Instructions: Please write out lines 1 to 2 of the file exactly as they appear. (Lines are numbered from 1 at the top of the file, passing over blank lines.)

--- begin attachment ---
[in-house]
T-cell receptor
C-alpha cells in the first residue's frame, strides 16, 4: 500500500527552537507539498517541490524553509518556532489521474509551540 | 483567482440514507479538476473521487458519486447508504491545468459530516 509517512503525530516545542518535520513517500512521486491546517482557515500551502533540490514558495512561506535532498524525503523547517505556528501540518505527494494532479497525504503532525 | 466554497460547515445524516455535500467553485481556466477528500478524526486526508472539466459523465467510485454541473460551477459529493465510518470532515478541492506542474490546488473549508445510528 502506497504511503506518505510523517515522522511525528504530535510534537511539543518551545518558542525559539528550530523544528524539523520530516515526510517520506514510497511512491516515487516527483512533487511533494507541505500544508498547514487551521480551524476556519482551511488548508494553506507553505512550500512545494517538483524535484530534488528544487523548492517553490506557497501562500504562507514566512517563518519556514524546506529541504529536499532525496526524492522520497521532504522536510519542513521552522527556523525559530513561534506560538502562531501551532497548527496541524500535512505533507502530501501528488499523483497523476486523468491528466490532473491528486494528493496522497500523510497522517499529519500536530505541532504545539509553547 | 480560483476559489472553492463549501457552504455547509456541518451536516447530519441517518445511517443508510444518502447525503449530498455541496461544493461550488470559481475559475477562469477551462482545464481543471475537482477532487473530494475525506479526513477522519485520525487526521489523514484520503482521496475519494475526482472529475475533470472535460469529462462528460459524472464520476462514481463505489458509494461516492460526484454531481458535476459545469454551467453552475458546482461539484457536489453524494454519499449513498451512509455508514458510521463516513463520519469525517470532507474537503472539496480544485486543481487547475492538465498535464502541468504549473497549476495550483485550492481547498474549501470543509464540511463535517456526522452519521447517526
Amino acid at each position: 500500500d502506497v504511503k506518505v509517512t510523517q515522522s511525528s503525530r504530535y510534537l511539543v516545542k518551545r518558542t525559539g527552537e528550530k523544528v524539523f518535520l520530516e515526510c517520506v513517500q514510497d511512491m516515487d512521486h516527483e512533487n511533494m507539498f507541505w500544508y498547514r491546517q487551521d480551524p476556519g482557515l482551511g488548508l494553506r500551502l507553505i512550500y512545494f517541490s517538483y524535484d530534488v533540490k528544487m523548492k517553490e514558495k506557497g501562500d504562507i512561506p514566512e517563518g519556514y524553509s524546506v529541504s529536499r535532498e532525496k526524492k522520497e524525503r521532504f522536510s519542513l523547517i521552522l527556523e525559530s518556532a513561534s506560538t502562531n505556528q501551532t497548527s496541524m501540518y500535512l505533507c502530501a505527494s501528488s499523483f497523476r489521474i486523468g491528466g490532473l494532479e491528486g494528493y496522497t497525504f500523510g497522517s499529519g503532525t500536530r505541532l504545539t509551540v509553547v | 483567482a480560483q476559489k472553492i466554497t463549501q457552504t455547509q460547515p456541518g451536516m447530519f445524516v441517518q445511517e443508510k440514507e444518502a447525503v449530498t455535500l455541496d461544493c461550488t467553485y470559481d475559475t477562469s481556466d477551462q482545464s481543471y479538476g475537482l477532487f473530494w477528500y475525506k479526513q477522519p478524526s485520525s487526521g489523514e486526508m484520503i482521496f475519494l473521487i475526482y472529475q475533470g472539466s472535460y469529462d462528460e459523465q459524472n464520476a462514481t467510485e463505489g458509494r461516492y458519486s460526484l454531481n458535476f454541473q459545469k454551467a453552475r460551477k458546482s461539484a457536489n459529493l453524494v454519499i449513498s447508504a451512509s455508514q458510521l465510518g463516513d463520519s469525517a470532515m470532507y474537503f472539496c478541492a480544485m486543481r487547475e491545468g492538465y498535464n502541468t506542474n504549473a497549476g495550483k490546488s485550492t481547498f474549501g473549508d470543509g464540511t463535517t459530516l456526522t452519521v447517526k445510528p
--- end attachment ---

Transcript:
[in-house]
T-cell receptor